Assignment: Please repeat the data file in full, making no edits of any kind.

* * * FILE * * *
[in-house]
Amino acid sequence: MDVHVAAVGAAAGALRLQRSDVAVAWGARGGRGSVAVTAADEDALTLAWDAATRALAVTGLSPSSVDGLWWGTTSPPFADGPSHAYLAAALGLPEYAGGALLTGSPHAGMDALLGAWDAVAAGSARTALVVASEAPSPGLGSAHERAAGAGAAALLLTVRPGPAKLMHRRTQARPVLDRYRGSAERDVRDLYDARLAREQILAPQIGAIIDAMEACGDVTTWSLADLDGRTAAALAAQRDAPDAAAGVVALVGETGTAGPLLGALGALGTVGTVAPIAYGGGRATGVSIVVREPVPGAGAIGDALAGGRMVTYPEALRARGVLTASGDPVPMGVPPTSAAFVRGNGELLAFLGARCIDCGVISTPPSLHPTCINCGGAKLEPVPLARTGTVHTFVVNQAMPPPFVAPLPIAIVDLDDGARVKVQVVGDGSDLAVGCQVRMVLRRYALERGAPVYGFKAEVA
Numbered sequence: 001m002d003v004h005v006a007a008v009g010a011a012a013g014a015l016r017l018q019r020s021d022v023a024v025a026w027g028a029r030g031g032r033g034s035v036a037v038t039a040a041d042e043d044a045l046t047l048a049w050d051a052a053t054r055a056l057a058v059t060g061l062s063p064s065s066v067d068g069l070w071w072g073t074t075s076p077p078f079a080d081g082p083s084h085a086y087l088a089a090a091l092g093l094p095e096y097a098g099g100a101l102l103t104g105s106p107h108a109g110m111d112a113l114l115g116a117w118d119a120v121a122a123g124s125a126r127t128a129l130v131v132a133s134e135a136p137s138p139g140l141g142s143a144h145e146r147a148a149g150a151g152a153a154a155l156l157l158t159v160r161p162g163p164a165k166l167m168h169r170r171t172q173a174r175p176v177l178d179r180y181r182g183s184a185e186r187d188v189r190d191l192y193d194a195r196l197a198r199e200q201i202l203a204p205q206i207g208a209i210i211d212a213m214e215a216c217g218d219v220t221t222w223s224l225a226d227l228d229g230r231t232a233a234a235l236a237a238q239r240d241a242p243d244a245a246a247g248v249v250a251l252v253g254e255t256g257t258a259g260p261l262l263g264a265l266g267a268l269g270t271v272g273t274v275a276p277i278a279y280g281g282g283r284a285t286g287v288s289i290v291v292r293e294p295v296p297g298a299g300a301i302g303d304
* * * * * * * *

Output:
[in-house]
Amino acid sequence: MDVHVAAVGAAAGALRLQRSDVAVAWGARGGRGSVAVTAADEDALTLAWDAATRALAVTGLSPSSVDGLWWGTTSPPFADGPSHAYLAAALGLPEYAGGALLTGSPHAGMDALLGAWDAVAAGSARTALVVASEAPSPGLGSAHERAAGAGAAALLLTVRPGPAKLMHRRTQARPVLDRYRGSAERDVRDLYDARLAREQILAPQIGAIIDAMEACGDVTTWSLADLDGRTAAALAAQRDAPDAAAGVVALVGETGTAGPLLGALGALGTVGTVAPIAYGGGRATGVSIVVREPVPGAGAIGDALAGGRMVTYPEALRARGVLTASGDPVPMGVPPTSAAFVRGNGELLAFLGARCIDCGVISTPPSLHPTCINCGGAKLEPVPLARTGTVHTFVVNQAMPPPFVAPLPIAIVDLDDGARVKVQVVGDGSDLAVGCQVRMVLRRYALERGAPVYGFKAEVA
Numbered sequence: 001m002d003v004h005v006a007a008v009g010a011a012a013g014a015l016r017l018q019r020s021d022v023a024v025a026w027g028a029r030g031g032r033g034s035v036a037v038t039a040a041d042e043d044a045l046t047l048a049w050d051a052a053t054r055a056l057a058v059t060g061l062s063p064s065s066v067d068g069l070w071w072g073t074t075s076p077p078f079a080d081g082p083s084h085a086y087l088a089a090a091l092g093l094p095e096y097a098g099g100a101l102l103t104g105s106p107h108a109g110m111d112a113l114l115g116a117w118d119a120v121a122a123g124s125a126r127t128a129l130v131v132a133s134e135a136p137s138p139g140l141g142s143a144h145e146r147a148a149g150a151g152a153a154a155l156l157l158t159v160r161p162g163p164a165k166l167m168h169r170r171t172q173a174r175p176v177l178d179r180y181r182g183s184a185e186r187d188v189r190d191l192y193d194a195r196l197a198r199e200q201i202l203a204p205q206i207g208a209i210i211d212a213m214e215a216c217g218d219v220t221t222w223s224l225a226d227l228d229g230r231t232a233a234a235l236a237a238q239r240d241a242p243d244a245a246a247g248v249v250a251l252v253g254e255t256g257t258a259g260p261l262l263g264a265l266g267a268l269g270t271v272g273t274v275a276p277i278a279y280g281g282g283r284a285t286g287v288s289i290v291v292r293e294p295v296p297g298a299g300a301i302g303d304